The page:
One of the highlights of this month's issue (W*188) is a detailed tour of Kickstarter's unique Brooklyn headquarters. Earlier this year the crowd-funding authority not only moved its operations to a nondescript industrial block in Greenpoint but bought the new digs outright – a rarity in the start-up world.

At 29,000 sq ft, Kickstarter's new space is a world away from the three narrow floors it previously occupied in a crumbling tenement building in Manhattan's Lower East Side. It's located in the Eberhard Faber Pencil Factory Historic District, a complex of eight buildings constructed in the 1890s and landmarked in 2008 as testament to Brooklyn's industrial age.

Although moldings of large pencils flank the topmost windows in neighbouring buildings, Kickstarter's two-storey acquisition was largely in disarray initially, having been gutted when the previous owner hoped to turn it into a high-rise hotel (then abandoned it when those plans fell through). All that was left were the walls and a makeshift roof. There were no pencils on its red-brick façade, only graffiti.

While architect Ole Sondresen worked his magic to rehabilitate and transform the building, repurposing as much of the original infrastructure as possible, designer Camille Finefrock was the force behind the charming interiors and the distinctive rooftop and courtyard gardens. Finefrock's vision for the ground-floor courtyard was to offer an unkempt moment of calm for Kickstarter employees.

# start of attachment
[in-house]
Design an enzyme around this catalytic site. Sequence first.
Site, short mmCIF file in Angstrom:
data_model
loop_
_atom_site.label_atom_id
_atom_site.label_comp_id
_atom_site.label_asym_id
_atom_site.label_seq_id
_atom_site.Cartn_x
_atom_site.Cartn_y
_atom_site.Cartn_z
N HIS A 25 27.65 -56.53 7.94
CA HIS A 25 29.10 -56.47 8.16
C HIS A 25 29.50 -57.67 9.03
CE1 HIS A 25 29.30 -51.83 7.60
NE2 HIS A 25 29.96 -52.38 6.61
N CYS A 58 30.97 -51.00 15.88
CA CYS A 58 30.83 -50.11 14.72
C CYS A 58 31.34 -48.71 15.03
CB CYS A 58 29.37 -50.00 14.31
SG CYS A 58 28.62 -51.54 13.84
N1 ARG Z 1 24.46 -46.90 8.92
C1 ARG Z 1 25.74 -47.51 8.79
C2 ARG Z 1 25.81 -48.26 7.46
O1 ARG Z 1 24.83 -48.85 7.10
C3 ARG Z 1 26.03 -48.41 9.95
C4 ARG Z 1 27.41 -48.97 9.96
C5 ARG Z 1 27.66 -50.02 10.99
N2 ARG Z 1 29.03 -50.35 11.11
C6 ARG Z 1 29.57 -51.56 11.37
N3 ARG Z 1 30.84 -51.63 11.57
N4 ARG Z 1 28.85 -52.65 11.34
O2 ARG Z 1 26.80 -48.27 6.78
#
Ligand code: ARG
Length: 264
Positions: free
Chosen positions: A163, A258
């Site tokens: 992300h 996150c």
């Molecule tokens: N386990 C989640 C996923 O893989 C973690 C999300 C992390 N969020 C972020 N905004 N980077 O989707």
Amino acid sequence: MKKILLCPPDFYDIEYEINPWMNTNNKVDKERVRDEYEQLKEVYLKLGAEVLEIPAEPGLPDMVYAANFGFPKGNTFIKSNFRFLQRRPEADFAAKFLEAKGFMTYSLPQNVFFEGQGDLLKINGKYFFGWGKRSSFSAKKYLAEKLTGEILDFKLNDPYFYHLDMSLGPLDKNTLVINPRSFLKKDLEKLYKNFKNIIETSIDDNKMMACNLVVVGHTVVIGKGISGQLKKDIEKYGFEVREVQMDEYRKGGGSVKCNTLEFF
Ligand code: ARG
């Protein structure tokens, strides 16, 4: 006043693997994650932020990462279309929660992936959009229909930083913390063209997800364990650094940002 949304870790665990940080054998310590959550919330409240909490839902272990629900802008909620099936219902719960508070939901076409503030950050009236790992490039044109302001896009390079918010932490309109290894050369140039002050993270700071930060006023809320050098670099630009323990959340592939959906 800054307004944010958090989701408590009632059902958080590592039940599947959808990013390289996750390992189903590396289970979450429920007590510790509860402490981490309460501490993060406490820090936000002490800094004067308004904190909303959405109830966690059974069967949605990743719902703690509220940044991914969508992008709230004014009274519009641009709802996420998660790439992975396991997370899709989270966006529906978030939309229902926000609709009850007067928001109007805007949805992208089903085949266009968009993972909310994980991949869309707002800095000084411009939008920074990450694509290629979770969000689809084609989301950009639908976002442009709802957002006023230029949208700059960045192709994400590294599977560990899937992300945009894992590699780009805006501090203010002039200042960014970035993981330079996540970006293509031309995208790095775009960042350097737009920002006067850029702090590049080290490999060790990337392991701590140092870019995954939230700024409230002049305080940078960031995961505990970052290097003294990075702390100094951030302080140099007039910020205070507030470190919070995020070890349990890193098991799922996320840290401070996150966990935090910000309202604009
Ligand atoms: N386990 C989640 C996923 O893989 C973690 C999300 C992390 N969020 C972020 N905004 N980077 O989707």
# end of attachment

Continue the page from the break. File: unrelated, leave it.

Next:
'Because Yancey [Strickler] and Perry [Chen] had the foresight to make the centre of the building a garden,' she says of the CEO and chairman, 'my perception of the space was that this is the heart of the building. I wanted to create a portrait of the woods. At any time in the year, people can look through the window and connect to what's happening in nature.'

Filled with ferns, river birches, swamp azalea and other plants native to Long Island and the Northeast, the luscious garden is an uplifting feature. Apart from installing a Japanese-inspired rain chain, which gently jiggles as rain runs down it, Finefrock also created a flat meditation stone under a redbud tree, which is available for anyone's use.

In contrast to the serenity provided by the courtyard, the rooftop garden offers a different type of reprieve. It includes a solarium, where people can recline in rattan loungers and peer down at the main work hub, and a gravel walking path that meanders around woodland plants and blossoming flower beds that change with the seasons. In the edible food garden, staff can graze freely on blueberries, tomatoes and kale by a cut-flower patch where they can collect blooms for their workspaces. A decked portion facilitates working outdoors and allows for movie screenings when the sun sets.

'I wanted to evoke the feeling of what would have been in this spot on Long Island hundreds of years ago,' says Finefrock. 'The pine barrens, coastal plants and beech plum trees growing in sandy soil – they're all reminders of the water being right there.'

The designer's eye for detail doesn't stop there. Indoors, custom-made standing lamps, artfully placed vintage furniture and topographical maps on the library walls perpetuate a sense of wonder. 'A lot of the thinking revolved around how to turn an old factory into an ideas factory,' says Finefrock. 'Pencils were a creative tool, and Kickstarter is a creative tool too.'

TAGS: LANDSCAPE ARCHITECTURE